U.S. Attorney's office launches new effort to uncover clergy sex abuse

The U.S. Attorney's Office is launching a new effort to uncover sexual abuse by the clergy in the wake of Pope Francis accepting the resignation of Washington Archdiocese Cardinal Donald Wuerl.

Federal law enforcement officials say they are looking to identify victims for potential criminal prosecution.

U.S. Attorney Jessie Liu said survivors of child sexual abuse by clergy are being asked to share their experiences with federal investigators. They also want to hear from anyone with knowledge of such abuse.

On Sunday - on FOX 5's "On the Hill" - Becky Ianni, the head of the Survivors Network of Abuse by Priests, said she had given up on the Catholic Church policing itself, and called on law enforcement officials to step in.

"I've given up counting on the church. We've seen over and over and over again, and I think the Pope's letter about Wuerl -- I think that was the final straw for me. I cannot trust the church to investigate itself. I am going to trust law enforcement," Ianni said.

To jumpstart this effort to get the victims to come forward, the U.S. Attorney's Office set up a hotline, email address and a website to collect information about sexual abuse as part of their Superior Court intake process. They will then determine whether any criminal charges can be brought or if victim services should be provided.

The Archdiocese of Washington has been reeling in the wake of back-to-back scandals - first the sexual abuse allegations against former Cardinal Theodore McCarrick, and then the resignation of Cardinal Wuerl after he was criticized in a Pennsylvania grand jury report.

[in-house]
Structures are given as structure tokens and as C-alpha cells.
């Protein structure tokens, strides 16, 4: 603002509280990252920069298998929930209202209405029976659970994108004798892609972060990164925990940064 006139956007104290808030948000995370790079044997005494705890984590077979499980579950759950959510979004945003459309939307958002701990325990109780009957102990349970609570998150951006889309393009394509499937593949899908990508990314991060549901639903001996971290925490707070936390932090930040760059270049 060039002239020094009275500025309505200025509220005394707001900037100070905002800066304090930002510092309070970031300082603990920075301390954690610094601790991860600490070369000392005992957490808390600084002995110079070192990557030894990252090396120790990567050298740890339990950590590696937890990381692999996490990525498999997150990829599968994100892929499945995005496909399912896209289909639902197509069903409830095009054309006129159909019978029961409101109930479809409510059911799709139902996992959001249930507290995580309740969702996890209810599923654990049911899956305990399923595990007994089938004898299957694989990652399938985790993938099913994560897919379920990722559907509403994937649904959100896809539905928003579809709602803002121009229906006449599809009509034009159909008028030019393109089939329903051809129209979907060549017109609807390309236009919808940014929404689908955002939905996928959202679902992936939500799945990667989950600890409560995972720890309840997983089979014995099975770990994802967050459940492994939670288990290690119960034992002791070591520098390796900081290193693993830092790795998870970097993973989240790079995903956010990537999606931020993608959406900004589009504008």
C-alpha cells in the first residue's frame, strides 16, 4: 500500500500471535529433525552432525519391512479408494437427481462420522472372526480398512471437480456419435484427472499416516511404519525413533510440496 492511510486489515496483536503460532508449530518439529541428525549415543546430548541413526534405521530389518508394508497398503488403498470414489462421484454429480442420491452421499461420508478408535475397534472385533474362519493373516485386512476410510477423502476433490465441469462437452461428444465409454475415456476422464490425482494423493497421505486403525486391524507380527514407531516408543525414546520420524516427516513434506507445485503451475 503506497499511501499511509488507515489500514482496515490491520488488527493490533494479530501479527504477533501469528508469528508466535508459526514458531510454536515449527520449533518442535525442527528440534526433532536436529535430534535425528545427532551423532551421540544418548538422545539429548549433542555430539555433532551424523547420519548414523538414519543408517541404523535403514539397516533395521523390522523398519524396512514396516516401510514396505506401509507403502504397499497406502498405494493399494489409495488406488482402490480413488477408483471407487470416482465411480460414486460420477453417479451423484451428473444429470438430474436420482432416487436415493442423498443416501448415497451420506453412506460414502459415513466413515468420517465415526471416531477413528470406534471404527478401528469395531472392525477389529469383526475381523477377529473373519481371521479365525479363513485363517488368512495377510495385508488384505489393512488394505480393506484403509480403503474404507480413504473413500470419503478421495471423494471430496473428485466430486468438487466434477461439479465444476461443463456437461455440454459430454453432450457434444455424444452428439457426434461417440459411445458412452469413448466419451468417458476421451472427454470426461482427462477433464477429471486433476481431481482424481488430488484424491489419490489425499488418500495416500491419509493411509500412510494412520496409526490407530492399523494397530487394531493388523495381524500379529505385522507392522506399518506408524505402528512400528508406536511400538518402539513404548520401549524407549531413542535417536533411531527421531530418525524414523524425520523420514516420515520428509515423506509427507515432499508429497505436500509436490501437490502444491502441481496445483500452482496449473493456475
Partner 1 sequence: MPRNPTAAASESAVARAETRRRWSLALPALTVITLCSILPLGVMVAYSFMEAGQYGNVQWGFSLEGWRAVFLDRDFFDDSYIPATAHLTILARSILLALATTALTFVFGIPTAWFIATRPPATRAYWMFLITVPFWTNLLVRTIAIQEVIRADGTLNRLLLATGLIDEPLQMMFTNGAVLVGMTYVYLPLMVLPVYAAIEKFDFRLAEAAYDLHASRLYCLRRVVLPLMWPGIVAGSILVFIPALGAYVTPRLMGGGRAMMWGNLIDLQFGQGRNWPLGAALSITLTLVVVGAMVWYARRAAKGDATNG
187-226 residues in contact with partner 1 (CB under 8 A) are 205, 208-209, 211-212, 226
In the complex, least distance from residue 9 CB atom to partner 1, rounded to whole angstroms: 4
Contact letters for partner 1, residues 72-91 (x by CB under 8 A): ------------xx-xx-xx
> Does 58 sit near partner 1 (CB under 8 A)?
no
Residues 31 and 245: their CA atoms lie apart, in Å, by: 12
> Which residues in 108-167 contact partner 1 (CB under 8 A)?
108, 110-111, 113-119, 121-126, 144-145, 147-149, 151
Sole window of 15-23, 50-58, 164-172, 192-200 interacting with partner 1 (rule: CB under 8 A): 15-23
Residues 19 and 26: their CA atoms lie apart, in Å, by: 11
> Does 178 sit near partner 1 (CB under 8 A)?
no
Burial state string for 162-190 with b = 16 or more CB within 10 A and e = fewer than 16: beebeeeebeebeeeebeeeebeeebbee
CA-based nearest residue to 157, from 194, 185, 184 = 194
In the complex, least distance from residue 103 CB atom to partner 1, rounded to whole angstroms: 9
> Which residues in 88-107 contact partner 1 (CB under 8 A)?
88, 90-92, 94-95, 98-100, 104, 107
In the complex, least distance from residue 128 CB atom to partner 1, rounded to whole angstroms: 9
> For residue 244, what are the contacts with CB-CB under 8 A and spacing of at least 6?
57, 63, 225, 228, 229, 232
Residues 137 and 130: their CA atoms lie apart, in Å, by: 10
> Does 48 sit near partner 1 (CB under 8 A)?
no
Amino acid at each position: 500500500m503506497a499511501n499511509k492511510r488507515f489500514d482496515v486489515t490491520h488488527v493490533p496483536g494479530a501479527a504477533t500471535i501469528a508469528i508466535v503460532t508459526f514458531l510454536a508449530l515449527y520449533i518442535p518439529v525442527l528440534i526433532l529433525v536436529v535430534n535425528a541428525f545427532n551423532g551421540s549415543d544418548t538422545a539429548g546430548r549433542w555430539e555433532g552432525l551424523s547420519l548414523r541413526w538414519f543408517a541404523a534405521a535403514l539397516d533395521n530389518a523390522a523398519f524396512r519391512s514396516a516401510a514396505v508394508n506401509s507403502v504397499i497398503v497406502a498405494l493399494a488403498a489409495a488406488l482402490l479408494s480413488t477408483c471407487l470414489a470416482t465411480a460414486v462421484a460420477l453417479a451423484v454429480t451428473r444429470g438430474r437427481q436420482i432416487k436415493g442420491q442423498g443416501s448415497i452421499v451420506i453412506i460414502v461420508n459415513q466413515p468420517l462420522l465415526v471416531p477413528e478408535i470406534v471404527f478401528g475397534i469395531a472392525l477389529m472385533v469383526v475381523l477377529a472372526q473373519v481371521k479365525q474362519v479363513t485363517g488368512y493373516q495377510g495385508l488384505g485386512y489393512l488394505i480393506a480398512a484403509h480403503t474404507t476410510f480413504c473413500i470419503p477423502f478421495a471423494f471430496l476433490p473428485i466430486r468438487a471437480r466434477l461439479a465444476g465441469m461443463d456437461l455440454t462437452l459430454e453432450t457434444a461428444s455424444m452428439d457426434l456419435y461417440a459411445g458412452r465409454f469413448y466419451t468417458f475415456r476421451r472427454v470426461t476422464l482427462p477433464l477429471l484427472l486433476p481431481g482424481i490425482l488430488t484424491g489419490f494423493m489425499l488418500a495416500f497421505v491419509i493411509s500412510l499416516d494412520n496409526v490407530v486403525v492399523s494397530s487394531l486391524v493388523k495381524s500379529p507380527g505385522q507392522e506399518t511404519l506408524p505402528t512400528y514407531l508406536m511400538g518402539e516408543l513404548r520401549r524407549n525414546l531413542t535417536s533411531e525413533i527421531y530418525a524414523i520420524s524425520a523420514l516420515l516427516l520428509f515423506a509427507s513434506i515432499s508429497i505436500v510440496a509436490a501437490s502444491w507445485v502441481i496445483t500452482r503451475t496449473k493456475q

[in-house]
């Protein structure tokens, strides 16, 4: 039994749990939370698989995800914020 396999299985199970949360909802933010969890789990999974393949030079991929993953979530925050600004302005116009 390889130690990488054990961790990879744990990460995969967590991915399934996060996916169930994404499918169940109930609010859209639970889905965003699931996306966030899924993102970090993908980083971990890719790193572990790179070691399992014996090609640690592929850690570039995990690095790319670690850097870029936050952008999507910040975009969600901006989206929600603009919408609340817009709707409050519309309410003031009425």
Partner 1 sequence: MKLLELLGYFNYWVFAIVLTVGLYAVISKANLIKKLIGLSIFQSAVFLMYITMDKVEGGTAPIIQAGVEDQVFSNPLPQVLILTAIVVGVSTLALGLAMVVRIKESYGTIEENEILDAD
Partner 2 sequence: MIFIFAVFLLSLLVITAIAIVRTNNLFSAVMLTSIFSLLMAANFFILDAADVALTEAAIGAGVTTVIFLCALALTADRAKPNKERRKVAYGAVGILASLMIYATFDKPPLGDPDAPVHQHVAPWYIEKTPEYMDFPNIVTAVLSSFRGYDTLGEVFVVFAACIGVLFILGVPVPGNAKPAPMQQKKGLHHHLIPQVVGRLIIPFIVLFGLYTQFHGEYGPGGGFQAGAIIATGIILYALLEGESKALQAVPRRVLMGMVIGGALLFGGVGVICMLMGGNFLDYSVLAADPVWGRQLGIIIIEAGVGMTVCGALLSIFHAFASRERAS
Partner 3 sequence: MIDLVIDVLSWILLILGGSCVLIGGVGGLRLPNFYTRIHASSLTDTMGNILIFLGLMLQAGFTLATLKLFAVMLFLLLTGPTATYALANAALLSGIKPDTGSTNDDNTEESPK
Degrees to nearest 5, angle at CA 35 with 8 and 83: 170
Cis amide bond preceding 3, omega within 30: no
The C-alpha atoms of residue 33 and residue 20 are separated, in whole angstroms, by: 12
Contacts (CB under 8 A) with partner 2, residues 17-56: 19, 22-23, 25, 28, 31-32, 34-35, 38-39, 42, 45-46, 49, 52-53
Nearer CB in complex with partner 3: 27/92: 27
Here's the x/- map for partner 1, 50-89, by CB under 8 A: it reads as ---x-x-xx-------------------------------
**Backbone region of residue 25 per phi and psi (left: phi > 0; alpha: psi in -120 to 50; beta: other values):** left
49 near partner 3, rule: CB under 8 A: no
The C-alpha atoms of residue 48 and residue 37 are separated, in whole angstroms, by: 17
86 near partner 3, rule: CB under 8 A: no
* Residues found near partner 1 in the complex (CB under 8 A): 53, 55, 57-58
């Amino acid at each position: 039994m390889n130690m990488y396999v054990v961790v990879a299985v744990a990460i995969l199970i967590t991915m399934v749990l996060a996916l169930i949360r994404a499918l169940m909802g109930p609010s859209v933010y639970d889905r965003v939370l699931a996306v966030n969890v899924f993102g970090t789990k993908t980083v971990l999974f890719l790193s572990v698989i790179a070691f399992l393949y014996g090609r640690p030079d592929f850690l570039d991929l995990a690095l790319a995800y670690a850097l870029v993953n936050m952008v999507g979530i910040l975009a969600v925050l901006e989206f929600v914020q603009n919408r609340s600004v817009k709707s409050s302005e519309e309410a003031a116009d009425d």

At St. Elizabeth's Church in Rockville, Maryland, the parish council is launching a letter-writing campaign asking the papal ambassador for answers before moving forward with Wuerl's replacement.

"All we're asking people to do is sign a letter asking for three simple things: truth, accountability, and transparency - truth about what happened with Cardinal McCarrick, accountability for those responsible for that, and transparency in the appointment of future bishops. It's a very, very simple campaign," St. Elizabeth's pastor Monsignor Bill Parent said.

The Archdiocese of Washington said they had no comment on the U.S. Attorney's announcement today, and only learned of it through the media.

A spokesman told FOX 5 that church leaders, including Wuerl, have already said they support law enforcement taking action.